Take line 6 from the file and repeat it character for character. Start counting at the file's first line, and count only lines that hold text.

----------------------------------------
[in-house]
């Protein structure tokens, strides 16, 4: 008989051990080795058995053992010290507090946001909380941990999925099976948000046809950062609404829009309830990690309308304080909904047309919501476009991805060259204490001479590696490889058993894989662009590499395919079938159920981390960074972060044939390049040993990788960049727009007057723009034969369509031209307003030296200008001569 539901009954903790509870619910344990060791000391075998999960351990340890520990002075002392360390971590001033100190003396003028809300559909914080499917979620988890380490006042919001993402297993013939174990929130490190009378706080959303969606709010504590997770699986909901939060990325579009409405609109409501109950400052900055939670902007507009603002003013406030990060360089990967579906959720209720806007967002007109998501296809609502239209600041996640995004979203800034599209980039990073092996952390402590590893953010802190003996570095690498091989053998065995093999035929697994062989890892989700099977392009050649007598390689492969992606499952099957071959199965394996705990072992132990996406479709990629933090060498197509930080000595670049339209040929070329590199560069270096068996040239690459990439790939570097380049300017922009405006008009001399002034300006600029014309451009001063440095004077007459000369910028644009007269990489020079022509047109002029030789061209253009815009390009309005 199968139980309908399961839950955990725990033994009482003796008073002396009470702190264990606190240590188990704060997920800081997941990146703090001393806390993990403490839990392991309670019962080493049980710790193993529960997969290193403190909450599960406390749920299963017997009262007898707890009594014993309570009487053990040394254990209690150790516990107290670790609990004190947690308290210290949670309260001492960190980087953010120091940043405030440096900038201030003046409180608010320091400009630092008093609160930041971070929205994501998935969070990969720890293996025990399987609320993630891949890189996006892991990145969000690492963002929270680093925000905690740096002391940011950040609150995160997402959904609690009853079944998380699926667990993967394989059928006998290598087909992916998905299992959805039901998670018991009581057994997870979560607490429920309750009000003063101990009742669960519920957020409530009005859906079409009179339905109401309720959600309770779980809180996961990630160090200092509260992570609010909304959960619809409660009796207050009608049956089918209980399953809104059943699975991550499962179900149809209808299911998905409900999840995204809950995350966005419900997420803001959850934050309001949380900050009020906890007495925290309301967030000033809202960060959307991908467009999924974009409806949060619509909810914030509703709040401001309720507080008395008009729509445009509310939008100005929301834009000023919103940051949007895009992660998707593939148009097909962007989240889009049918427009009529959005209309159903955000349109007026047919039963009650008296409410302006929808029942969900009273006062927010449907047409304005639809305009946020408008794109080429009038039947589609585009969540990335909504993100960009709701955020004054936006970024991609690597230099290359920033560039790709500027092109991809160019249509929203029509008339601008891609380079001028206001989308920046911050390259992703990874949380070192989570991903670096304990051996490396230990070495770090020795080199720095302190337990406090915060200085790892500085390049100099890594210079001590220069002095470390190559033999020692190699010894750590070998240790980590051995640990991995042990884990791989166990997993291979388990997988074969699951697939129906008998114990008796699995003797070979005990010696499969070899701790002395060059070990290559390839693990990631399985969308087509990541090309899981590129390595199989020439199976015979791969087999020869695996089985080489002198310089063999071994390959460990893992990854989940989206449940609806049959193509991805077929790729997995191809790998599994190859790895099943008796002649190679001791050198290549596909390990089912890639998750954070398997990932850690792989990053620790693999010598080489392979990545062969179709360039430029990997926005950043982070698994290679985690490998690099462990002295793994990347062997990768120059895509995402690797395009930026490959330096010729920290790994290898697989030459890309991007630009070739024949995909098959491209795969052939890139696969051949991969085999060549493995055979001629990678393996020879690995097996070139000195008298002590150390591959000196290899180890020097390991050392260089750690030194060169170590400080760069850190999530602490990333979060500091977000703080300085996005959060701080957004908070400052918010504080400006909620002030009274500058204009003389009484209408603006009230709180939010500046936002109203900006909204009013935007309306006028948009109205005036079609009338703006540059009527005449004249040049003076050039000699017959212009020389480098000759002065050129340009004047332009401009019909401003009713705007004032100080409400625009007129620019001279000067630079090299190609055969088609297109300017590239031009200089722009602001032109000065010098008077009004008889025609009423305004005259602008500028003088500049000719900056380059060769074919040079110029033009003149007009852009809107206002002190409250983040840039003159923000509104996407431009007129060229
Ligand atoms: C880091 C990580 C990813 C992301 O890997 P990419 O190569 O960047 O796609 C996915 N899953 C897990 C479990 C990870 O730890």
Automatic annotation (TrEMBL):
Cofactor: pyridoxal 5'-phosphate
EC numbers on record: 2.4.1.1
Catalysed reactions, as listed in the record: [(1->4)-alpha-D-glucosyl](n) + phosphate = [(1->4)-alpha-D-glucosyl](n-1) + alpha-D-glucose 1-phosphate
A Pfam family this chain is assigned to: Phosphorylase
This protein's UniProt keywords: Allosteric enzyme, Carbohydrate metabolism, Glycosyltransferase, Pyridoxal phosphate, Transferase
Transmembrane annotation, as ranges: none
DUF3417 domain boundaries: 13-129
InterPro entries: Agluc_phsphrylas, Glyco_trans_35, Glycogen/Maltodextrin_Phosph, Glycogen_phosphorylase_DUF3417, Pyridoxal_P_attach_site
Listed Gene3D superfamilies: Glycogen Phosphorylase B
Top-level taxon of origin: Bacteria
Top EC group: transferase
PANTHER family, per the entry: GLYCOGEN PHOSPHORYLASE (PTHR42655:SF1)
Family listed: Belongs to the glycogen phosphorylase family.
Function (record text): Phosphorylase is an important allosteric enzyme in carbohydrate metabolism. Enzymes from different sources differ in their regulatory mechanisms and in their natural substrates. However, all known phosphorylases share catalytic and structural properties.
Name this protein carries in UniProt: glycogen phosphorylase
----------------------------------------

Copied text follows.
EC numbers on record: 2.4.1.1